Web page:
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Fish are cold-blooded aquatic vertebrates which breathe through gills.
The earliest fish are Upper Ordovician and belong to a group called the Agnatha. These had no jaws - their mouths were simple openings on the underside of their heads - and many had a well developed armour of bony plates. Good fossil specimens have been found in Silurian and Devonian rocks in Scotland. The jawless fishes virtually died out at the end of the Devonian, but a couple of types, lampreys and hagfish, survived to the present day.
The next fish to appear as fossils are the Ptacoderms, which lived between the Upper Silurian and the Permian Periods. They had primitive jaws and extensively armoured bodies. Most were quite small, between 5 and 20 centimetres long, but Dinichthys from the Devonian, reached a length of 10 metres and must have been a ferocious predator.
The Chondrichthyes, which include the sharks and rays, appeared in the Devonian, are still with us today, and occasionally star in movies. Their skeletons are made of cartilage, which is soft and rarely fossilised, but their teeth (which occur in great numbers) are very durable and are abundant in some British Cretaceous and Tertiary beds. Some teeth from Miocene rocks in the U.S.A. are l5cm long and must have come from fish 15 metres in length - giant relatives of the modern White Shark.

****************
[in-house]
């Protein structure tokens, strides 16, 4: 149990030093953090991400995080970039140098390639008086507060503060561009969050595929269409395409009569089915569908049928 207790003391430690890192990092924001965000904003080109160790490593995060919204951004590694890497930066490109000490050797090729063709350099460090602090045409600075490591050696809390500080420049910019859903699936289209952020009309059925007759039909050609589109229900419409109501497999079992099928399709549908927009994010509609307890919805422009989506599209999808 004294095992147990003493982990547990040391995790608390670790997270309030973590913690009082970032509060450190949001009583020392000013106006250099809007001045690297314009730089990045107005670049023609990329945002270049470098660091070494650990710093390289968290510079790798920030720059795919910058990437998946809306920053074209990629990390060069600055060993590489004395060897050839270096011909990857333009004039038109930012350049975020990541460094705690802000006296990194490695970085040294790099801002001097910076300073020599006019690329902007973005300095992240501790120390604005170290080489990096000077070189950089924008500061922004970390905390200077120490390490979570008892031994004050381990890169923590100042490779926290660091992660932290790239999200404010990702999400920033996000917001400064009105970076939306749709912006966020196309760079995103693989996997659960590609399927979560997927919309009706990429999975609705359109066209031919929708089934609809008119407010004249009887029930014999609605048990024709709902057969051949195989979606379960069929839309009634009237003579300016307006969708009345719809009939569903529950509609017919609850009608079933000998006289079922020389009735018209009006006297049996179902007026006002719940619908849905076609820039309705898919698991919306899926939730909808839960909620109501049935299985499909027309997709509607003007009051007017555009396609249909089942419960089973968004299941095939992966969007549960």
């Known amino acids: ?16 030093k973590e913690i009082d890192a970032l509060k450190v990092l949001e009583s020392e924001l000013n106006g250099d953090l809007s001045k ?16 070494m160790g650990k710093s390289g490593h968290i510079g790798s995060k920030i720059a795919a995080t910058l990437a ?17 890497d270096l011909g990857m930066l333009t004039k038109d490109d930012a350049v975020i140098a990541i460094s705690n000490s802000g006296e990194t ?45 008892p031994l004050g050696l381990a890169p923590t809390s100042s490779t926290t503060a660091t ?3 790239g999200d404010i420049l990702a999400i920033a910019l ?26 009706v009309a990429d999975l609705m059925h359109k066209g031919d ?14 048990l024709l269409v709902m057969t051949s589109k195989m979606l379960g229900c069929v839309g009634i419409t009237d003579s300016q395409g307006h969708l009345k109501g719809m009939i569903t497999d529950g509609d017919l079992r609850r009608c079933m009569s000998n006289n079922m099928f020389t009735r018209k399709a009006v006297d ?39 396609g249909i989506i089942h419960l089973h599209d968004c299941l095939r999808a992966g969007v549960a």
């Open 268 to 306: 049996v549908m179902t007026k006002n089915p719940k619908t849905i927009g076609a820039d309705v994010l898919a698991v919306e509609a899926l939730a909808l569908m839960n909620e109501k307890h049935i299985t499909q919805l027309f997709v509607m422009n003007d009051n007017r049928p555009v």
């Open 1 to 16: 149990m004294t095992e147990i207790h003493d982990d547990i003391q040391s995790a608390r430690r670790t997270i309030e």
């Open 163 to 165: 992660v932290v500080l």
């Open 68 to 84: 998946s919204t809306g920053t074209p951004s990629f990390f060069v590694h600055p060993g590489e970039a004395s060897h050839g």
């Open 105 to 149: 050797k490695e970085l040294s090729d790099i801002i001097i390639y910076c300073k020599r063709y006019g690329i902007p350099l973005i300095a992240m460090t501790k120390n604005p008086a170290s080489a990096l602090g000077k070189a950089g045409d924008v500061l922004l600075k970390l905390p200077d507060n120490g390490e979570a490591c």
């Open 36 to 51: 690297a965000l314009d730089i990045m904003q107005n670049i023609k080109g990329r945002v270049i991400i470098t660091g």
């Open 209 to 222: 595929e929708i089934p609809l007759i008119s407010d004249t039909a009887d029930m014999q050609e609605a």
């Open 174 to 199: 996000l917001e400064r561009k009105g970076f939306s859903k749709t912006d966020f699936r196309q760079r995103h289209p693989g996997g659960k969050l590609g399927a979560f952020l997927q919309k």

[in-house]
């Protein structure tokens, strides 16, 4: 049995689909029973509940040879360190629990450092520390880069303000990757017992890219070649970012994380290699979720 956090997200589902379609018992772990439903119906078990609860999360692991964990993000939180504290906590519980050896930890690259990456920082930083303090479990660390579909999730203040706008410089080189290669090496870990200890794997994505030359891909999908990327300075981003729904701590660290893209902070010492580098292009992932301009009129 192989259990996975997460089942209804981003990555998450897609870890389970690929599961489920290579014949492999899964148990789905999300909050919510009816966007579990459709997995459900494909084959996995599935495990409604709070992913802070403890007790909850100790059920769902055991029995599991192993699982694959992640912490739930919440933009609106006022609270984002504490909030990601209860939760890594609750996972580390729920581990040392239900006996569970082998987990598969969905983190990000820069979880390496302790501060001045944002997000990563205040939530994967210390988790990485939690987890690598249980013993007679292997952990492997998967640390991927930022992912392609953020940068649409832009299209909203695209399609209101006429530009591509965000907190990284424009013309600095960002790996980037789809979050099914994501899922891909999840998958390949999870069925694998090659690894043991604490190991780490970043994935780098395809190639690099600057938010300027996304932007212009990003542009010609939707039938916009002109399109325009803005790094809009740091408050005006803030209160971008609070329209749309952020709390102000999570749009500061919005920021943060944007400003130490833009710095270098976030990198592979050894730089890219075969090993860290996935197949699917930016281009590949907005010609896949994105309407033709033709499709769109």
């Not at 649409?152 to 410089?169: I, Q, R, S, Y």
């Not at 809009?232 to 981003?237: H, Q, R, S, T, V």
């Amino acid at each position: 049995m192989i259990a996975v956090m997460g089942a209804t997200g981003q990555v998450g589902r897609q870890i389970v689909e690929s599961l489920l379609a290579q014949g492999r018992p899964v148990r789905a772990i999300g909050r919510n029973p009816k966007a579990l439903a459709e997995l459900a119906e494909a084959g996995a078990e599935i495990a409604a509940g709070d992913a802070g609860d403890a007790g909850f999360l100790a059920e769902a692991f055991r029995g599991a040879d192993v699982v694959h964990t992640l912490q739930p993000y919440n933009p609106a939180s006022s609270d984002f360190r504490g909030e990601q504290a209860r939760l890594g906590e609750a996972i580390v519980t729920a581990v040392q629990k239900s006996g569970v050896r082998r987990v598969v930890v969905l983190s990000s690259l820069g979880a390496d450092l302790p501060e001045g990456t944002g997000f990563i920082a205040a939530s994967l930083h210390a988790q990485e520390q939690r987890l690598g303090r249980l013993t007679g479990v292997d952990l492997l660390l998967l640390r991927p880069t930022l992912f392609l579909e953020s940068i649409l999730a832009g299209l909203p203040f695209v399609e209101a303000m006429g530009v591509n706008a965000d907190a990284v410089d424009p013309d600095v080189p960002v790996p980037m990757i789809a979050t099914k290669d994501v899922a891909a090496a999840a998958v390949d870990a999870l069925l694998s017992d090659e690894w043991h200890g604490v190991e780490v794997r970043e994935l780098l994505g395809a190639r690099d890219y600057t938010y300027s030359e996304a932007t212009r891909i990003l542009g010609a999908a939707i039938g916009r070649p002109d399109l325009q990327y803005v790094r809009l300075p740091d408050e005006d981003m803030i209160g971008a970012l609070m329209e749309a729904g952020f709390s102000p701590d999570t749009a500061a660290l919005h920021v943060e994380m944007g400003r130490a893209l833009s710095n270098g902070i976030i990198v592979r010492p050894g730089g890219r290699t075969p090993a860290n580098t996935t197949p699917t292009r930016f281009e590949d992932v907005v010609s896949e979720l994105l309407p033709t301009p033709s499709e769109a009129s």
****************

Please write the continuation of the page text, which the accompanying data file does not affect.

The most advanced fishes are the Bony Fishes, which appeared in the Devonian and include most of the modern forms we eat or put in aquariums. As their name suggests, they have bony skeletons which are often preserved as fossils. Palaeozoic and early Mesozoic types usually had coverings of thick glossy scales, which are often found loose as fossils. From the Cretaceous onwards bony fish tended to have much thinner scales, more like those of today.
Probably the most interesting of the bony fish are the lungfish and coelacanths which, though still alive today, were most abundant in the Devonian Period. Many had primitive lungs and fleshy fins which enabled them to survive for brief periods on land.
Bivalves are molluscs with hinged shells and include the familiar, and edible, cockles, oysters and mussels. They first appeared in the Cambrian, though for much of the Palaeozoic they are quite rare as fossils. The largest specimens can be well over a metre across (e.g. the modern Giant Clam). Most bivalves are marine, though some are freshwater. None live on land. They feed by straining small edible particles out of the water using sieve-like organs called ctenidia.
Bivalves tend to be very sluggish creatures which either burrow in the mud or attach themselves to solid objects such as rocks, and they have poorly developed sense organs. An exception to this are the scallops, which are able to swim rapidly away from danger by flapping the valves of their shells. They also have primitive eyes located around the inside edges of the valves.
Bivalves are exceedingly abundant in Mesozoic and Tertiary rocks. Sometimes whole beds are made up of their accumulated shells.
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